Monday, August 10, 2009

Of Piggies and Buggers

I have recently read a couple of Orson Scott Card’s sci-fi novels, ‘Ender’s Game’ and ‘Speaker for the Dead’. In the first of these, a young boy is intensively trained to become a military commander to fight ‘the buggers’, an alien race that at one point attacked humanity. Ender is trained for starship battle through the use of video games, and does become the military genius on whom the hopes of humanity are pinned. It turns out, however, that all is not quite as it seems. In the next book, set 3000 years later, Ender has become a Speaker for the Dead, who turns up when asked and recounts the truth of a dead person’s life: their real hopes and aspirations, as well as all the uncomfortable bits you’re not supposed to talk about. Central to this novel, however, is the presence of another alien race, ‘the piggies’, and Ender gets involved in humanity’s relationship to this race.

At one point Ender is a professor at a university, and we are introduced to 4 levels of ‘otherness’ which humanity has come up with in response to its encounter with alien races (so far, just the buggers, who it eliminated, and the piggies, with whom humanity is super-constrained, super-PC even, as a sort of contrition for what happened to the buggers). The names themselves are a parody of how we view the ‘other’. The 4 increasing levels of otherness respectively describe a human from another part of this world, a human from another world, another species that is nevertheless regarded as human and finally another species that is not regarded as human, such as animals.

Science fiction gives a freedom to explore ideas about what it is to be human in ways that ordinary fiction cannot perhaps do so easily. In Speaker for the Dead there is an anonymous commentator called Demosthenes, and a rather brilliant point he makes is that humanity’s ability to declare an alien species to be human is not a comment on the moral maturity of that other species, but on the moral maturity of humanity.

I can’t help thinking of America in this respect, and its list of rogue nations, its ‘axis of evil’ (which the Obama administration is perpetuating). Orson Scott Card is an American. You can just see the generals out of Dr Strangelove calling the alien species ‘the buggers’ and ‘the piggies’, with no sense of irony or parody. The USA sets itself up as the moral judge of other nations. (For the astrology of this, see my audio-blog on America’s Preachiness.) For all Iran’s faults, America makes itself look ridiculous when it talks (as Obama did a few months ago) about wanting to admit Iran to the community of responsible nations. It will be a sign of America’s moral maturity when it is able to treat Iran as a nation just like itself, rather than as ‘other’. Then there may be progress.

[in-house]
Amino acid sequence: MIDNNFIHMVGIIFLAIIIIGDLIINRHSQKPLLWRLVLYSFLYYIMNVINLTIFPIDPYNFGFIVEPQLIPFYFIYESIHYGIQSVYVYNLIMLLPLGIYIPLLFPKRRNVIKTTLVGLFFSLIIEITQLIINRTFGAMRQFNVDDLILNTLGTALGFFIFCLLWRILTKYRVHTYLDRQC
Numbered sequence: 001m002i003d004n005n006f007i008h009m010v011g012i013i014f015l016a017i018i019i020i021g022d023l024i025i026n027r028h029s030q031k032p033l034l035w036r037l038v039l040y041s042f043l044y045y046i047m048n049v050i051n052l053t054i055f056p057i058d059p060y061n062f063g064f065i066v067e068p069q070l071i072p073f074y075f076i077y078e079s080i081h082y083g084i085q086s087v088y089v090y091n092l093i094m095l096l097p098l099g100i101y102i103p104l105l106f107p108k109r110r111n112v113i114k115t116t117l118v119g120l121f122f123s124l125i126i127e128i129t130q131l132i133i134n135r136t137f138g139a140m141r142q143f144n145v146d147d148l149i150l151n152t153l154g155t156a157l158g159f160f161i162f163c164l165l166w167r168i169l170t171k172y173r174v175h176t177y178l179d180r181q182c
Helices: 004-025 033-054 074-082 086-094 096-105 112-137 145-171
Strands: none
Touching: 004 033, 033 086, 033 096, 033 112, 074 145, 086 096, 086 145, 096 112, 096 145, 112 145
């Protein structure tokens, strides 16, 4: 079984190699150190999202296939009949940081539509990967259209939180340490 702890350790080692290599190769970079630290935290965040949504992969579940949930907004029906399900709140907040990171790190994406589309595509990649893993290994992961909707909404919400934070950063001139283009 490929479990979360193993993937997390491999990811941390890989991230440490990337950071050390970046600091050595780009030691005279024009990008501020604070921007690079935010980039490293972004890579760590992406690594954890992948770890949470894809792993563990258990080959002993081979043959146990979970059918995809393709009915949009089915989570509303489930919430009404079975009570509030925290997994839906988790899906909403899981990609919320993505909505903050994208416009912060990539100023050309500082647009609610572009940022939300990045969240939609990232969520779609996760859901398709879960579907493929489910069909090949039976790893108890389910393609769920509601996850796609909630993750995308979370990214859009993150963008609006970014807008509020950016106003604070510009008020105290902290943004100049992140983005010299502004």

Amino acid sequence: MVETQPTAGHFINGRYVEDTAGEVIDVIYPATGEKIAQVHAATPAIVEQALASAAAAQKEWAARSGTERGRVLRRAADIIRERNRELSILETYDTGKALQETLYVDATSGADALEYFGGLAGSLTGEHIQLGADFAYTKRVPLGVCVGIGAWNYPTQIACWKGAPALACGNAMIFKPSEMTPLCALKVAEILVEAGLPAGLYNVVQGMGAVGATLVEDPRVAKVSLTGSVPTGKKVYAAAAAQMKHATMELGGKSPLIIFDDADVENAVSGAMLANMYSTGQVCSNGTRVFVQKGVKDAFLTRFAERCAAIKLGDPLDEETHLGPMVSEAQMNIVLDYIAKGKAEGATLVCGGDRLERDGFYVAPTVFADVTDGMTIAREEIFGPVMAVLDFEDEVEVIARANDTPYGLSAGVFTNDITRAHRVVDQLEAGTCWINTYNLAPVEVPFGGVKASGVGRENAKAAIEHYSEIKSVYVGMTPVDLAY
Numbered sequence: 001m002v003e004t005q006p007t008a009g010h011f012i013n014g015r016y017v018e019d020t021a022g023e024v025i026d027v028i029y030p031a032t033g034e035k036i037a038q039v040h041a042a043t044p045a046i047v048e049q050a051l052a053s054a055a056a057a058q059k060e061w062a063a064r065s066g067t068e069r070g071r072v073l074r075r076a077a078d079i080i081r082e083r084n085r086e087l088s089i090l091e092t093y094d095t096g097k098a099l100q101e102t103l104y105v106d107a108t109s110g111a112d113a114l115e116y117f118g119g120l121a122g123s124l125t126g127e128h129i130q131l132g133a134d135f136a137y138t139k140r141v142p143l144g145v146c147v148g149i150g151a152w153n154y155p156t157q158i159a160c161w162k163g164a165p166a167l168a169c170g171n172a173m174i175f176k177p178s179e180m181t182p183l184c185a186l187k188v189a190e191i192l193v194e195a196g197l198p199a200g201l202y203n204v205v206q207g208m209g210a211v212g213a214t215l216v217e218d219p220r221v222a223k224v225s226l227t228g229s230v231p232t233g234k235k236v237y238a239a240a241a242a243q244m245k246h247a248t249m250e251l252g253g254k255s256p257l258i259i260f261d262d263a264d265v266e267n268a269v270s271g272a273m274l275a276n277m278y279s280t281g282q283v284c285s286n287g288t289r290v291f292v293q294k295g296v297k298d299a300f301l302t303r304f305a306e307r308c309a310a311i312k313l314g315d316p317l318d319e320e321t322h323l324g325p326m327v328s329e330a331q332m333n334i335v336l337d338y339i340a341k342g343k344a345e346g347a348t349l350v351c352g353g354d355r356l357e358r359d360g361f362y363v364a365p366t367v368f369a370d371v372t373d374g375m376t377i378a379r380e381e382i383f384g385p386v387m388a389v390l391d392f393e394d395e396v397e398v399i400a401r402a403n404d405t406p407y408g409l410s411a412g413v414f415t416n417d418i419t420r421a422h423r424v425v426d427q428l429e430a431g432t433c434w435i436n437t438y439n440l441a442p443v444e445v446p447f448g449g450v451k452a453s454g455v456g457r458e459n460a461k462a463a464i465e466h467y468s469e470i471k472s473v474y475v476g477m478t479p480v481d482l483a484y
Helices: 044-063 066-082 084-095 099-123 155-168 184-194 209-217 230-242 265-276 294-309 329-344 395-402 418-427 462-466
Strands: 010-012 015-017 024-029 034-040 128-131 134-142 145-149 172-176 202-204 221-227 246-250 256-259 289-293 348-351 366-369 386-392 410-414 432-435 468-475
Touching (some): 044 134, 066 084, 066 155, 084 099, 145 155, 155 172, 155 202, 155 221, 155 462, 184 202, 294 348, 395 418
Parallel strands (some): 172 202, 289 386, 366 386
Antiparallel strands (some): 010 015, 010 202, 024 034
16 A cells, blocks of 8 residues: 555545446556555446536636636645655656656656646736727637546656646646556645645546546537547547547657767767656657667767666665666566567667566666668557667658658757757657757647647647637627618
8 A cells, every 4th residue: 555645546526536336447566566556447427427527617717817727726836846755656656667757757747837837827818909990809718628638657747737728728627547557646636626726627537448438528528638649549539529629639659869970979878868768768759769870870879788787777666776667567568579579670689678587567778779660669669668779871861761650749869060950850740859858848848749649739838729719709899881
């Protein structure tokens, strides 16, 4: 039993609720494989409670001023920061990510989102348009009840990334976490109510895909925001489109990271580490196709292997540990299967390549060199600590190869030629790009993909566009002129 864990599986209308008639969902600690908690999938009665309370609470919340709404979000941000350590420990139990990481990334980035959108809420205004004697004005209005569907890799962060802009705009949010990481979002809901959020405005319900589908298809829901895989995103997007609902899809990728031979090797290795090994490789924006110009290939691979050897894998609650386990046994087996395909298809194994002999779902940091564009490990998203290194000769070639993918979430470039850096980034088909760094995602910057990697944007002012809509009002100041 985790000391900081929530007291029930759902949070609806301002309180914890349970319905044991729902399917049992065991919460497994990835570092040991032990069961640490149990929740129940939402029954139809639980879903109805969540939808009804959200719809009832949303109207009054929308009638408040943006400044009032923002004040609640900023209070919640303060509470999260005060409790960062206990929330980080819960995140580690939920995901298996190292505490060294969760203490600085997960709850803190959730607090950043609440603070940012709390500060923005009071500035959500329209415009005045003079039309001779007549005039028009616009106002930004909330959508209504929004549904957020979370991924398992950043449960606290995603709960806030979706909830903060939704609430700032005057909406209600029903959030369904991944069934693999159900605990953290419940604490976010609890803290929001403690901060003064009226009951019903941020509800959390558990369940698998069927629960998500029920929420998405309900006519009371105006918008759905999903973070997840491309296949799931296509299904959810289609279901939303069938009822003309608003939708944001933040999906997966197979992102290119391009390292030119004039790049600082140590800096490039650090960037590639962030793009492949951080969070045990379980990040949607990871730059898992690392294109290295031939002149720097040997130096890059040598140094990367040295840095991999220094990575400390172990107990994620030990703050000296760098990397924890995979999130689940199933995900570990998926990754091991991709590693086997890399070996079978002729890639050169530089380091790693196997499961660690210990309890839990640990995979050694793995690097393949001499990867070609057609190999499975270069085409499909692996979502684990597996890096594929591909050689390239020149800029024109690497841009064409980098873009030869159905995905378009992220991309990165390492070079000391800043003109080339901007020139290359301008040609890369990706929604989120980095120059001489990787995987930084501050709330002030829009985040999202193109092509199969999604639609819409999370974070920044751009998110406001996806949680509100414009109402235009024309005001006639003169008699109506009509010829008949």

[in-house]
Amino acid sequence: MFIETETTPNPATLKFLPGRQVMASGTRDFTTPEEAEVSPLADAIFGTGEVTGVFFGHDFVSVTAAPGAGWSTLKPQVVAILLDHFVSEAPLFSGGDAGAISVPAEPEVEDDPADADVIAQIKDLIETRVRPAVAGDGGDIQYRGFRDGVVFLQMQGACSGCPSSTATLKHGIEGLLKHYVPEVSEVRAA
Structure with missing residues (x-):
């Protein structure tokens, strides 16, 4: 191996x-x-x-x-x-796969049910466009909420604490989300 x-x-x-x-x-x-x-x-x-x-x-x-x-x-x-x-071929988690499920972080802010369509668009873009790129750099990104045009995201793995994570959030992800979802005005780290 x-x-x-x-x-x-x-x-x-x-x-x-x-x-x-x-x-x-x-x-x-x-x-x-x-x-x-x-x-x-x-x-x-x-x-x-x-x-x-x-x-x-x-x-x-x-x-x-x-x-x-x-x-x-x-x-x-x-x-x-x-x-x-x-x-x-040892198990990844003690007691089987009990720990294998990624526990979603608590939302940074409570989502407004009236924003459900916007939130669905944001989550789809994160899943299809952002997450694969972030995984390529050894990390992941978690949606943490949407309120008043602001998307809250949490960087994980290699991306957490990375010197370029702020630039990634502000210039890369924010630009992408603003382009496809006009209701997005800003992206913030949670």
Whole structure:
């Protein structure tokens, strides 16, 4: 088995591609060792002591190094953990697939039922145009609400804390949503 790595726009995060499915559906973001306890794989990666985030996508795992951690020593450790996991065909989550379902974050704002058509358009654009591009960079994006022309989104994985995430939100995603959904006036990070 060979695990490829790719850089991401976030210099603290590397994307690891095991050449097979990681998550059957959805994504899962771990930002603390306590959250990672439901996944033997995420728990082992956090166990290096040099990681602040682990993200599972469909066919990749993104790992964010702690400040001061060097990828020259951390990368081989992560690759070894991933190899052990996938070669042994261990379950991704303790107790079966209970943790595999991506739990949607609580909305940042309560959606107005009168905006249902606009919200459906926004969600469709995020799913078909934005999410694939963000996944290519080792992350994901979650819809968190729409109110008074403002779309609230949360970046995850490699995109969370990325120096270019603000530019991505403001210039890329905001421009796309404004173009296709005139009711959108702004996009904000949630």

This doesn’t mean that I don’t think Iran should be stopped from getting nuclear weapons. I think it needs to be stopped. My point is that in trying to acquire nuclear weapons, Iran is behaving no differently to how America would behave in the same situation. Iran also has an ugly and intolerant ideology, but so does America. In a fundamental sense, nations are all the same, they have very similar motives.

Which is why I don’t want to single out America here, because it is in the nature of nations and of people to consider themselves superior. I once read an anthropological book which cited a tribe in the Amazon who did not consider the neighbouring tribe to be human. These days we tend to idealise indigenous peoples and Tibetans (when you see the word ‘Lama’, think bishop, it cuts through all the hyperbole. And when you think bishop, think Anthony Trollope’s Barchester Towers!) People have always tended to consider the 'other' to be less than human.

So America is an example of not just how all nations will behave in certain circumstances, but also how people behave individually and always have behaved, and that is really what Orson Scott Card is getting at in what is not just an allegory but also a great story.

Robert A Heinlein uses ‘otherness’ to raise taboo issues in his book Stranger in a Strange Land. What happens is that a human colony is set up on Mars, and everyone dies except for a human baby who is brought up by indigenous Martians, and who eventually returns to Earth. So he is physically human, but he thinks and acts like a Martian, in ways that are completely incomprehensible to humans. This first of all relativises the way we look at the world, but Heinlein goes beyond this and has the Martian human breaking just about every taboo going, including ‘free love’, murder and cannibalism. For him, it is an honour to be eaten after you’ve died, while ‘disappearing’ people who are threatening you is not a problem. In Speaker for the Dead, Orson Scott card also looks at the murder taboo, when ‘the piggies’ kill a couple of people in a really gruesome way, but from the piggies point of view they are honouring the humans; eventually both sides have to discover the other’s point of view.

The point about taboos is that they are absolutes, they are laws written in stone, so consideration of their merits and demerits is impossible: to think about a subject, you have to suspend your idea of what you think the conclusion should be, and with taboos many people would think you are some kind of pervert if you did this, like you were half way to breaking the taboo. Paedophilia has entered the taboo zone much more strongly in recent years, paedophiles are the modern witches. I’m not trying to defend them, but rather to make the point that intelligent thought about this subject has become increasingly difficult.